Last Night, Blue Moon. Tonight, Kahlua on the Rocks

Self loves Kahlua.  Ever since the mom of one of son’s friends gave self a big bottle for Christmas.  She tried it with coffee, she tried it with milk, she tried it on the rocks — every which way tasted good.

It is the Friday before Labor Day, which must be why, at last night’s San Carlos Farmers Market, it took her 20 minutes to find a parking space.  And today, at Marina Mart, same story.  Grrrr!

Now, self is at home.  Now, she can relax.  For some reason, she has something called the “Kahlua Recipe Book.”  It’s just a little pamphlet, very old (Self has no idea how this thing came into her possession).  Leafing through the various recipes, she sees:

  • Kahlua Black Russian (involves vodka, of course:  Speaking of which, The Man has a humongous bottle of Ketel One just sitting there on the kitchen counter, next to the microwave.  Must be lonely.  Self must remember to keep it company)
  • Kahlua Aggravation (Kahlua and Scotch:  Speaking of which, self mailed, from Edinburgh, two bottles of whiskey.  Each bottle was about a hundred dollars.  Don’t ask about the mailing!  Suffice it to say that the shipper in Edinburgh was so efficient, he even e-mailed self just to let her know that the whiskey had made it through customs, without being taxed!  She got this e-mail while she was in Bonnyrigg Library.  She nearly did a jig right there)
  • Kahlua & Schnapps (Self has no Schnapps)
  • Kahlua Brave Bull (Kahlua and Tequila:  The Man does have about 1/4 glass of Hornitos Tequila left, he’d probably notice if that went missing)
  • Kahlua Peanut Butter Fizz (Mix together in blender:  3 oz. milk with 1 1/2 oz. Kahlua, 1 scoop vanilla ice cream, 1 Tbsp. creamy peanut butter, and club soda.  Hmmm, this sounds very like a Coke Float, only with peanut butter.  Me like!)

There are also recipes for:

  • Kahlua Stir-Fry Chicken
  • Kahlua Paradise Chicken
  • Kahlua Cornish Game Hens
  • Kahlua Picadillo Filling
  • Kahlua Baked Sole
  • Kahlua Chicken & Ribs
  • Kahlua Caramel Popcorn
  • Kahlua Fantasy Chocolate Cheesecake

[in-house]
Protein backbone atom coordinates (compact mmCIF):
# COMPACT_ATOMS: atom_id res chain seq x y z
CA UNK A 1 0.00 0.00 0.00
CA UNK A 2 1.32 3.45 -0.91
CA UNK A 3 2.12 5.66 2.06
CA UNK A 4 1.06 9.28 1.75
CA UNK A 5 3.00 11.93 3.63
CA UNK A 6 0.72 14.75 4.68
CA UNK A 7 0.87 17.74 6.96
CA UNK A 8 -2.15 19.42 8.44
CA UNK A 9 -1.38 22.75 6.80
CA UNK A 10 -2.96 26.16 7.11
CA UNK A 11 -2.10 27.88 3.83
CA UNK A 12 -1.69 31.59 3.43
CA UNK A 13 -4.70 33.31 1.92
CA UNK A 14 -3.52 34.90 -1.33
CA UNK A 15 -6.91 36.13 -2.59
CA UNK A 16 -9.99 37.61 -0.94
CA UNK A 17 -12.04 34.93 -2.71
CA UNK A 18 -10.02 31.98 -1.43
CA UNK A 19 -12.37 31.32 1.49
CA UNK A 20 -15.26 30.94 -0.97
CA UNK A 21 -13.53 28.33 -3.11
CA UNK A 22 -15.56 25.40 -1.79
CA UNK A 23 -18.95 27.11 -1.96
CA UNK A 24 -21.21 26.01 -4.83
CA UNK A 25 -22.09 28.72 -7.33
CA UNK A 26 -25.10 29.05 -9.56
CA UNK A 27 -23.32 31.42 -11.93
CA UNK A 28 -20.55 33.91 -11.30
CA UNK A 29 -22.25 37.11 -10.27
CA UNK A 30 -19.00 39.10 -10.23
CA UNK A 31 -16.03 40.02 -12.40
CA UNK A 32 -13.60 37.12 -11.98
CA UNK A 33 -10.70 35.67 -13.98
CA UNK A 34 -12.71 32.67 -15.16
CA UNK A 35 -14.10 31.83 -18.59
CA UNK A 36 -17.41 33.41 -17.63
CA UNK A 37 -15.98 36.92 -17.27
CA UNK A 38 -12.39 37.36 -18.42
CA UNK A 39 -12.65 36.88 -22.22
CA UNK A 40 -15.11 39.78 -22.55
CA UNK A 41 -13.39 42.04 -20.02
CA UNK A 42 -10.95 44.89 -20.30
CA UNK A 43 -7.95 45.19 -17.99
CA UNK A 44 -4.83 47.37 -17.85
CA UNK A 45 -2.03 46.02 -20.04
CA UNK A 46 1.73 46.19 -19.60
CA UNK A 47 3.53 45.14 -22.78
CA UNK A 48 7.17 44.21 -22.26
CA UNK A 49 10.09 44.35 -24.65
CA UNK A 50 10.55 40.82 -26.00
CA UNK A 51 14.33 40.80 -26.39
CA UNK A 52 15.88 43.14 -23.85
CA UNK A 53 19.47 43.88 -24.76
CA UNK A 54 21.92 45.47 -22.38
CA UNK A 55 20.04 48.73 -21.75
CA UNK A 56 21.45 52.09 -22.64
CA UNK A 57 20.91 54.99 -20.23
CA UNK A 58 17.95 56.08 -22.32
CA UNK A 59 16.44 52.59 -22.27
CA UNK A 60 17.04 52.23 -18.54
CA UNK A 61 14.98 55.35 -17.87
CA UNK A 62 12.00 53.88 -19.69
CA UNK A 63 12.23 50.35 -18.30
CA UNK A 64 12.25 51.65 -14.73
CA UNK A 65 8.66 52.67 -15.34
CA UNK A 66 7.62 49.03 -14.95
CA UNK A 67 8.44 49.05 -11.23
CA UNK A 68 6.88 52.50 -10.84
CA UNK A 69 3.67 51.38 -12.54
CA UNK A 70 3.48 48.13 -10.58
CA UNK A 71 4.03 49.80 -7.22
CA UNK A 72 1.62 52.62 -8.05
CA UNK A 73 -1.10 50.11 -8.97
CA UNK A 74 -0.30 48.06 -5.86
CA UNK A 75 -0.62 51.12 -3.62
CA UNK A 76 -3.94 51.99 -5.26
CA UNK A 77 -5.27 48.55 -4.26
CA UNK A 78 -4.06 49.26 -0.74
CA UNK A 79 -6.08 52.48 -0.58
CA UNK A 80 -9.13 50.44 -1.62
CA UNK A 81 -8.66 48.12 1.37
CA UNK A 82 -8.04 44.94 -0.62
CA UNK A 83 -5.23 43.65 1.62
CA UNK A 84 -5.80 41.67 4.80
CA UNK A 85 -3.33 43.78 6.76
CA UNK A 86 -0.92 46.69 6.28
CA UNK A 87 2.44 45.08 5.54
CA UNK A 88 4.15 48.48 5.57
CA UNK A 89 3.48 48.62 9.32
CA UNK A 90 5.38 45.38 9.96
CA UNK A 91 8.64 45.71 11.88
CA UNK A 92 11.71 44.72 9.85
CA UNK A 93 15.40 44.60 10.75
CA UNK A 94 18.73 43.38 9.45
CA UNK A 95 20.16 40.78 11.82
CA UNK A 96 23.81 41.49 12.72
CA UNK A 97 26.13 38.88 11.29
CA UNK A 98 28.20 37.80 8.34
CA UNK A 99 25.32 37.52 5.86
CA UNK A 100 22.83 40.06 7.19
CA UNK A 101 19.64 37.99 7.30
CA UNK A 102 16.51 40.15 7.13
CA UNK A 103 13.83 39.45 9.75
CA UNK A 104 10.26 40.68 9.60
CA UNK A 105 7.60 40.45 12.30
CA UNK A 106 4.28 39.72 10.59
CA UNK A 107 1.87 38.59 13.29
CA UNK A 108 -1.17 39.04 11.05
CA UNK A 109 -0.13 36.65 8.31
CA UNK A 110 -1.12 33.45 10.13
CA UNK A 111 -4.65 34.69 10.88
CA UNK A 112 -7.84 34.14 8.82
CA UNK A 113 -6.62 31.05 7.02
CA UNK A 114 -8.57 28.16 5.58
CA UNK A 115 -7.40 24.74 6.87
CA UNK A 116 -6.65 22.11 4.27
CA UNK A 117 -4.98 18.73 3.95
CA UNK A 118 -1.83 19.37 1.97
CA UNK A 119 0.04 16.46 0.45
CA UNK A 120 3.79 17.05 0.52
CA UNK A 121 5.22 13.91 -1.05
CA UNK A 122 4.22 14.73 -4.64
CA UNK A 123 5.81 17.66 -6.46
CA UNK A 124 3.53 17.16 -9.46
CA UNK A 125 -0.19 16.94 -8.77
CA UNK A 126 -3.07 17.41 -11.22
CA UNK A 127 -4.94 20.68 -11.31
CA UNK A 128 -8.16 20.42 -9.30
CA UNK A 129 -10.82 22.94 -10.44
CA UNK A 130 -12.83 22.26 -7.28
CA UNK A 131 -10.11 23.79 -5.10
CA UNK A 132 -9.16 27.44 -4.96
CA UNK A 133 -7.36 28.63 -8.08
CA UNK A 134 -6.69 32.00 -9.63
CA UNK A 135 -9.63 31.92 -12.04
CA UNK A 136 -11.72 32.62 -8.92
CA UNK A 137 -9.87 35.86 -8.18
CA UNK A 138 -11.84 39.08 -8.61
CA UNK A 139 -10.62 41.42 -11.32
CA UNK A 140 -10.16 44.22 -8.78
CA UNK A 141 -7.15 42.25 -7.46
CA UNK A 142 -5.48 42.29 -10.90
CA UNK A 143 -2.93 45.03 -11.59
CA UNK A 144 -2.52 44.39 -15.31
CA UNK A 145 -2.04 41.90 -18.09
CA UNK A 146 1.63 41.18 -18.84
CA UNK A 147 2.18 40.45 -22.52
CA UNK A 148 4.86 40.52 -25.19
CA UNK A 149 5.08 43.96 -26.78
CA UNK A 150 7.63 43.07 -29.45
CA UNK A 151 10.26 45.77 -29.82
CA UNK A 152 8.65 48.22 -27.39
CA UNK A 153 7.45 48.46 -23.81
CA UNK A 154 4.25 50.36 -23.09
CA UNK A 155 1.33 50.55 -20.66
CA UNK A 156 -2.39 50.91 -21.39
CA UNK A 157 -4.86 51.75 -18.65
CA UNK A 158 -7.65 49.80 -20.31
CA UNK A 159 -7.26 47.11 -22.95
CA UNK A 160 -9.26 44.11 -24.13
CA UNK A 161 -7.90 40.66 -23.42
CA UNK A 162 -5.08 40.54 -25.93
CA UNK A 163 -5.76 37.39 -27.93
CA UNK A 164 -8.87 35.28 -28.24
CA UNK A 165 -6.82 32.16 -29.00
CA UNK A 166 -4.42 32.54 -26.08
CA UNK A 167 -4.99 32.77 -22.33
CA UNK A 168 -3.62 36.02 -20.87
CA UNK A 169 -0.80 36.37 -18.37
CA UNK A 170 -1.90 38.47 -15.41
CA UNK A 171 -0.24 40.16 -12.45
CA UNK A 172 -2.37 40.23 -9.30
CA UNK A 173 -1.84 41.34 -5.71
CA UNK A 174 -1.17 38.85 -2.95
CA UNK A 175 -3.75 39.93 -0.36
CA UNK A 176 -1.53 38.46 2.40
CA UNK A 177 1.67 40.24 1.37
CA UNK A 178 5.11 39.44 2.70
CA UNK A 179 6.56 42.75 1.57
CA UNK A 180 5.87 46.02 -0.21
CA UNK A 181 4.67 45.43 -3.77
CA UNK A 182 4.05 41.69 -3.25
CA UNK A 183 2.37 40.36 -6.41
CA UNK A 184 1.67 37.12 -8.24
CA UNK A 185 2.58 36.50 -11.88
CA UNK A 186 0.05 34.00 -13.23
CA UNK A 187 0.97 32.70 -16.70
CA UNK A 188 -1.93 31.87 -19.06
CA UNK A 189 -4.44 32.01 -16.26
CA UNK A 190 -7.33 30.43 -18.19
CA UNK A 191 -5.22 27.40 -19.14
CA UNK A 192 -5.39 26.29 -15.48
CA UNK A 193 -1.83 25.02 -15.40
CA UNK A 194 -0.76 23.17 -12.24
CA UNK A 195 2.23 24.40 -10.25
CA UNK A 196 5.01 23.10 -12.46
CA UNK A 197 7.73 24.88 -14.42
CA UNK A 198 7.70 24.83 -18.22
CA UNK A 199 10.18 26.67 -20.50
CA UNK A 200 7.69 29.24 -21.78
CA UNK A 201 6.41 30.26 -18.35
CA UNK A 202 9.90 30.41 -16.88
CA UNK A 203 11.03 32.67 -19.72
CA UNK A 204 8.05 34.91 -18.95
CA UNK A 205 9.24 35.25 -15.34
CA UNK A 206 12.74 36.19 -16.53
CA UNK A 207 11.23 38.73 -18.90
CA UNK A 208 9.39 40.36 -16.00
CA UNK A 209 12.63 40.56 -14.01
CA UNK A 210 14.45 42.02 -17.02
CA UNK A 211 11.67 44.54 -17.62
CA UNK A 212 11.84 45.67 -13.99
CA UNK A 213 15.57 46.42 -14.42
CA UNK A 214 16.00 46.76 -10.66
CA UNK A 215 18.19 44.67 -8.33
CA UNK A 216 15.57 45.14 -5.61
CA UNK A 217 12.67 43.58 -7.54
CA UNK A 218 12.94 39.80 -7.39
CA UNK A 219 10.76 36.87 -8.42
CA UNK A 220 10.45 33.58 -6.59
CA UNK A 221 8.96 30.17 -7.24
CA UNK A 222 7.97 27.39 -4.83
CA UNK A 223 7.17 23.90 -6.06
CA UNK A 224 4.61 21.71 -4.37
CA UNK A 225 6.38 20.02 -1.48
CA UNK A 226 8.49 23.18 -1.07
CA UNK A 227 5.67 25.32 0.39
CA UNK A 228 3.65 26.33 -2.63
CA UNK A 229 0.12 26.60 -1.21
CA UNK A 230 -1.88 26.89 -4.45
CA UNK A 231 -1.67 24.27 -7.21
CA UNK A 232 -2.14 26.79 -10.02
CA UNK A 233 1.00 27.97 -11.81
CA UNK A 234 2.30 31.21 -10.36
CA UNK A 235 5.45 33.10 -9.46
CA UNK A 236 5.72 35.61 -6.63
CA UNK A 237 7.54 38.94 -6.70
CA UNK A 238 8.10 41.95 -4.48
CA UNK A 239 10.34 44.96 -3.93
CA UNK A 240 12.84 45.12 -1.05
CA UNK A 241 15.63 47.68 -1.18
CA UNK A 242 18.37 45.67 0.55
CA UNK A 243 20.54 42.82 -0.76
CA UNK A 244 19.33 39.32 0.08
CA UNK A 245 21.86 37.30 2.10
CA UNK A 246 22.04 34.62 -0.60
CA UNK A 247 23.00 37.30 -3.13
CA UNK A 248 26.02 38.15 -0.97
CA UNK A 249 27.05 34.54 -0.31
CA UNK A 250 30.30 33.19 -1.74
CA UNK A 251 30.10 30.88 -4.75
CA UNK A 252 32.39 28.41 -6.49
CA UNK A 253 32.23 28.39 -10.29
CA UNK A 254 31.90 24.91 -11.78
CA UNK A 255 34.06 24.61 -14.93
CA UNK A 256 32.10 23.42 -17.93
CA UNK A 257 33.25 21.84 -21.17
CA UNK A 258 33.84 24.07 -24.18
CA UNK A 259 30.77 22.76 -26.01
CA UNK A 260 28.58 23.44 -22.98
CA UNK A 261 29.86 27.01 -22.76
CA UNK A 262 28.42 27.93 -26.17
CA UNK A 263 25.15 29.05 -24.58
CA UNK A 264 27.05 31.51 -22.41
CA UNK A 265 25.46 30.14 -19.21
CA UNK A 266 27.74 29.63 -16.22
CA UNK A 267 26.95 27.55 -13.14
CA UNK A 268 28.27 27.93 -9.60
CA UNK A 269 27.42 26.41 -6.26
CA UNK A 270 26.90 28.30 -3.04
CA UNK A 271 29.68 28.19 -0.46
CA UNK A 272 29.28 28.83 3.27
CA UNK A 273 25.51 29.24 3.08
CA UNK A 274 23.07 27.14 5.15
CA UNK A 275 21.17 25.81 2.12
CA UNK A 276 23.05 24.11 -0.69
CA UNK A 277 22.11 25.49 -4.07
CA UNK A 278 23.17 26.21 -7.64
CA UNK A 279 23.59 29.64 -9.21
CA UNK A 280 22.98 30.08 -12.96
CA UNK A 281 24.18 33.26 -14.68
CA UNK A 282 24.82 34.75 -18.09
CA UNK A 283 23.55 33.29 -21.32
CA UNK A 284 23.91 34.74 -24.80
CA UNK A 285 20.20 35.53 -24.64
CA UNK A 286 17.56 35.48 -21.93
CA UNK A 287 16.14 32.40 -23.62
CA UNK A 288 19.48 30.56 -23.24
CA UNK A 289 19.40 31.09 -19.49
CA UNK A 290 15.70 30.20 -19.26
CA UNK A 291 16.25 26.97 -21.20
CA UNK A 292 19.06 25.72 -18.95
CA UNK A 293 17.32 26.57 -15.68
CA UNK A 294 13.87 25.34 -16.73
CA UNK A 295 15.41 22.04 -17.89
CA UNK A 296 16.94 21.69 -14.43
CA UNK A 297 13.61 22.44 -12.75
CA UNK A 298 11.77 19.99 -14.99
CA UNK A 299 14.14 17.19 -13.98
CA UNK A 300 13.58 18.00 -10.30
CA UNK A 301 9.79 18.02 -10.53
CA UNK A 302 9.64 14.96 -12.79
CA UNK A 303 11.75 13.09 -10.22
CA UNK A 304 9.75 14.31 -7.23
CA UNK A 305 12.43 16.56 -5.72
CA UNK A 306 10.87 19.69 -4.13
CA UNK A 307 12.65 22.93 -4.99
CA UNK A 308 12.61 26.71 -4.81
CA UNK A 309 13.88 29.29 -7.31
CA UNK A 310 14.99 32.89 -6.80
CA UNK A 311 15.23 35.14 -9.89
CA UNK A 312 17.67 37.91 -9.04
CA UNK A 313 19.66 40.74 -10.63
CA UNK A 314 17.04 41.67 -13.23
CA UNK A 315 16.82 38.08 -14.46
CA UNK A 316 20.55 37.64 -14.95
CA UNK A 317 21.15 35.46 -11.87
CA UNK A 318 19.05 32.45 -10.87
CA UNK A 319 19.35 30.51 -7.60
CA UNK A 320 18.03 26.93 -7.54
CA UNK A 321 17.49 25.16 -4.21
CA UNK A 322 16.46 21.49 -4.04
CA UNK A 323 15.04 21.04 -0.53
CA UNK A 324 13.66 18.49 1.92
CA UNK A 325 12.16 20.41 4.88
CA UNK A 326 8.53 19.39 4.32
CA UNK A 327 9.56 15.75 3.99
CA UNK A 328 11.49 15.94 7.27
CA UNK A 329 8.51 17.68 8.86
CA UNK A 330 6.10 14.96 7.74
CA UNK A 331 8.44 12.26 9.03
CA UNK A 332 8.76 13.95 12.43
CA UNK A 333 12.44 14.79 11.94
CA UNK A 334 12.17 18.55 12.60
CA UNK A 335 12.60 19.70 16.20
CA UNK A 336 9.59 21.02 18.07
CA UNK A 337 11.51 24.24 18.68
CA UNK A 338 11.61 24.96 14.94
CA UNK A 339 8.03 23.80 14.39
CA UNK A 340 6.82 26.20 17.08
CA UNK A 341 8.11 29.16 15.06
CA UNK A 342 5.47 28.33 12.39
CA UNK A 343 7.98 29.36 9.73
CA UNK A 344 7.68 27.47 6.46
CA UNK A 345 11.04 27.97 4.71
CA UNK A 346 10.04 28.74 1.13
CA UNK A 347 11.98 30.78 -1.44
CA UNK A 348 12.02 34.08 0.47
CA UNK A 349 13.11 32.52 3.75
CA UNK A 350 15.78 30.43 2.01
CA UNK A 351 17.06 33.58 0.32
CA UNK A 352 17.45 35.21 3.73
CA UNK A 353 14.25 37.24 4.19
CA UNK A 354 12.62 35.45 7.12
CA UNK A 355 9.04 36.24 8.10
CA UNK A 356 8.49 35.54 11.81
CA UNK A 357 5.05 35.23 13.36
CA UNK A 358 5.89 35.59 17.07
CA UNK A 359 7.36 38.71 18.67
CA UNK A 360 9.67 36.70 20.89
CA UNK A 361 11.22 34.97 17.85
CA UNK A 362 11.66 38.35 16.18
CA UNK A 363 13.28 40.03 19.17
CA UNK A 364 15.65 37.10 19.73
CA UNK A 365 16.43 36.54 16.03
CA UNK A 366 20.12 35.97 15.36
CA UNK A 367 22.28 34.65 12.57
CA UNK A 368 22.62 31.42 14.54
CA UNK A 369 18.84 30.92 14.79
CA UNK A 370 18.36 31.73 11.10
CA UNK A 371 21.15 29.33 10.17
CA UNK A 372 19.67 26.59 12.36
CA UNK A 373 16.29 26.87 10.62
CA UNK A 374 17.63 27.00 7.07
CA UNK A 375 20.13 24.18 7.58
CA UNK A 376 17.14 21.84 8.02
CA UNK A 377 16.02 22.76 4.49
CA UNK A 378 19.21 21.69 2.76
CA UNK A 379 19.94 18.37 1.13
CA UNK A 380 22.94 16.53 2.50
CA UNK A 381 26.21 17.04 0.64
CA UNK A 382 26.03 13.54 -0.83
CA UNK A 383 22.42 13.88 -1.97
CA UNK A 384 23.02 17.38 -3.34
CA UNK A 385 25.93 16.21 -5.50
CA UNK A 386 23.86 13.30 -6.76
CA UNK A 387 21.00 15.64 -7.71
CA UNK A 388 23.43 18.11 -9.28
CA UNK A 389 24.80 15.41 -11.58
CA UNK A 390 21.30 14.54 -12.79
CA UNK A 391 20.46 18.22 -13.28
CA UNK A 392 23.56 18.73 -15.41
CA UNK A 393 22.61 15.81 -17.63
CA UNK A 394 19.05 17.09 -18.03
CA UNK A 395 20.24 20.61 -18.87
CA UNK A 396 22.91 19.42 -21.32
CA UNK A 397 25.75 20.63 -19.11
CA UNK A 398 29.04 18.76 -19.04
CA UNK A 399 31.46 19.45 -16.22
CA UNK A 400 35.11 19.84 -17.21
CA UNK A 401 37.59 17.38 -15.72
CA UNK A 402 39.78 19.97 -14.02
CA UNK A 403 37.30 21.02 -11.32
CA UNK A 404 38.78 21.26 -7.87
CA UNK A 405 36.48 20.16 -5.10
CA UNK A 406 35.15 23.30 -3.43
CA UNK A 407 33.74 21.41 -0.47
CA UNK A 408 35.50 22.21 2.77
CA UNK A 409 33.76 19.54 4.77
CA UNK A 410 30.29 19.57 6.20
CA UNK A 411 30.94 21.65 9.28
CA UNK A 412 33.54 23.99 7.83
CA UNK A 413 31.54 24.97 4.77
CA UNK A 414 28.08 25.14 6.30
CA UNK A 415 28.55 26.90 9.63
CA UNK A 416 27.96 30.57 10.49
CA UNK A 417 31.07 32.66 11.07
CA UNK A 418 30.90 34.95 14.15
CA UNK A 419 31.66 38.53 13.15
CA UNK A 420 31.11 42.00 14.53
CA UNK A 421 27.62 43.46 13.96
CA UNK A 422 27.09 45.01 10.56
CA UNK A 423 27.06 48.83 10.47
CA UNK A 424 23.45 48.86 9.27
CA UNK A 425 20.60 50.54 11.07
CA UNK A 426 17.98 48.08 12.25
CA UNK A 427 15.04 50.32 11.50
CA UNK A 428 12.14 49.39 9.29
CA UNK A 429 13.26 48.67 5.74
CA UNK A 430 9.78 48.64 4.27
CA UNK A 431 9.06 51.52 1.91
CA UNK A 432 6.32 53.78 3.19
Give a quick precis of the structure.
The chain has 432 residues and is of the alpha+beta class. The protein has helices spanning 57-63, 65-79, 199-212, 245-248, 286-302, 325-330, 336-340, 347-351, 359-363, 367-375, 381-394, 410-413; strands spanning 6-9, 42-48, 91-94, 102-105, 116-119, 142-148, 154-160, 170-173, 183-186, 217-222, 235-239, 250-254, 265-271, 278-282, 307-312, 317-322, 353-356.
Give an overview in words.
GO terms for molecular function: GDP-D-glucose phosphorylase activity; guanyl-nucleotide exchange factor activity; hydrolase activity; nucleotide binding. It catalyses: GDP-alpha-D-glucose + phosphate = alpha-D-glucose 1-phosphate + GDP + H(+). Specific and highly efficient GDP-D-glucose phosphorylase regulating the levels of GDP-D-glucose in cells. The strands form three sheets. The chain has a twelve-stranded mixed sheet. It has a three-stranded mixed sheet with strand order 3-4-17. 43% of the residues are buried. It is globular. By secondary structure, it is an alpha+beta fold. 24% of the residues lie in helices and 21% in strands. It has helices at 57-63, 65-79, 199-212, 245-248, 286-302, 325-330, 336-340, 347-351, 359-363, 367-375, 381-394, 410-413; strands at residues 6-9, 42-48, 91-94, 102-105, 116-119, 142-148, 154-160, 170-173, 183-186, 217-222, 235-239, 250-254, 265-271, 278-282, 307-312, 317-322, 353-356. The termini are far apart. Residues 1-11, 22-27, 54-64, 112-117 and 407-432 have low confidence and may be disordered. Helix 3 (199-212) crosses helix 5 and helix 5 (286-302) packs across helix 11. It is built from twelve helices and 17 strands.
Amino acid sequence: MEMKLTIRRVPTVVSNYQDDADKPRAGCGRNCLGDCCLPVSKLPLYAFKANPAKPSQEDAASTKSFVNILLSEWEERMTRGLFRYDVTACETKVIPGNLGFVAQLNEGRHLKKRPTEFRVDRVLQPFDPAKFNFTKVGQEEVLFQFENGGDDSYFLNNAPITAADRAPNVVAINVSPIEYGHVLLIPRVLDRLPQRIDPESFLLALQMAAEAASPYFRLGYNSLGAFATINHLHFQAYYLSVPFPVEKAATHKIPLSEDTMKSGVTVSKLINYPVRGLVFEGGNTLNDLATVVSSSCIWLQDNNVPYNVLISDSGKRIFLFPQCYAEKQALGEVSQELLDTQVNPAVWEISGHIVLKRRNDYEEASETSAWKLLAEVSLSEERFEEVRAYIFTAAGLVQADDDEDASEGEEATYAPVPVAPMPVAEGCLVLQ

• Kahlua Fudge Brownies
  • Kahlua Flan

Help!  Help!  Self is getting miiiighty hungry!

Stay tuned, dear blog readers.  Stay tuned.

Blue Moon, Last Thursday of August (2012)

Tonight, there is what scientists (or someone on the web, anyway) refers to as a “Blue Moon.”

Since The Man is an Engineer, and not just any Engineer, an Engineer from Stan-fuhd, she asked him to explain.

“It’s a full moon,” quoth he.

“But it was a full moon last night.  What makes tonight’s moon BLUE?”

“Because last night’s wasn’t a real full moon.”

“Why?”

“Because there’s another full moon coming.”

What?  This conversation made no sense.

Anyhoo, here’s a picture of what self saw from her backyard, just before 11 p.m.:

This is supposedly a “Blue Moon.” Why isn’t it Blue?

Stay tuned, dear blog readers.  Stay tuned.

New in Crime, NYTBR 19 August 2012

You see how self has caught up with her “pile of stuff,” dear blog readers?  She’s now only two weeks behind in her reading of the NYTBR.

Most of the 19 August 2012 issue is boring stuff (like Martin Amis’ new novel, which is about a lout, what else is new).  But self takes heart from the fact that Marilyn Stasio reviews a new thriller by Norwegian crime writer Karin Fossum.

Last year, or was it two years ago, self’s life seems on such a hectic trajectory lately that she loses track, she read Fossum’s The Indian Bride and was transfixed (to know just how transfixed, read self’s Amazon.com review of same).

Fossum’s new book is about a creepy teen-age sadist who thinks of ever more inventive and dangerous ways to torture other children.  Oyy, self knows that sounds exceedingly dark.  But you should see what Stasio has to say about Fossum’s other thrillers:  The Water’s Edge is about “a sympathetic pedophile” (!!) and When the Devil Holds the Candle is about monstrous “old people.”

Another mystery Stasio reviews is Michael Koryta’s The Prophet, and although self is irritated by the fact that the book has the same title as the other book by Khalil Gibran, she wants to read Koryta’s because it is “about two estranged brothers,” one of whom is “a practiced bail bondsman but an inept private investigator” who “unintentionally delivered” a teenage girl “into the hands of her homicidal stalker.”  Yikes!  Dark to the nth power!  Just self’s cup of tea.

(Of further interest in this NYTBR is a review of a book that sounds like “Hurt Locker” circa London 1940:  The Long Walk: A Story of War and the Life That Follows, by Brian Castner.  And a slashing attack by a male reviewer of a young, female writer, an attack that lays her out, a killing blow.  Self will leave reviewer and reviewed un-named.  Suffice it to say, the publisher will not be long in responding, self is sure)

Stay tuned, dear blog readers.  Stay tuned.

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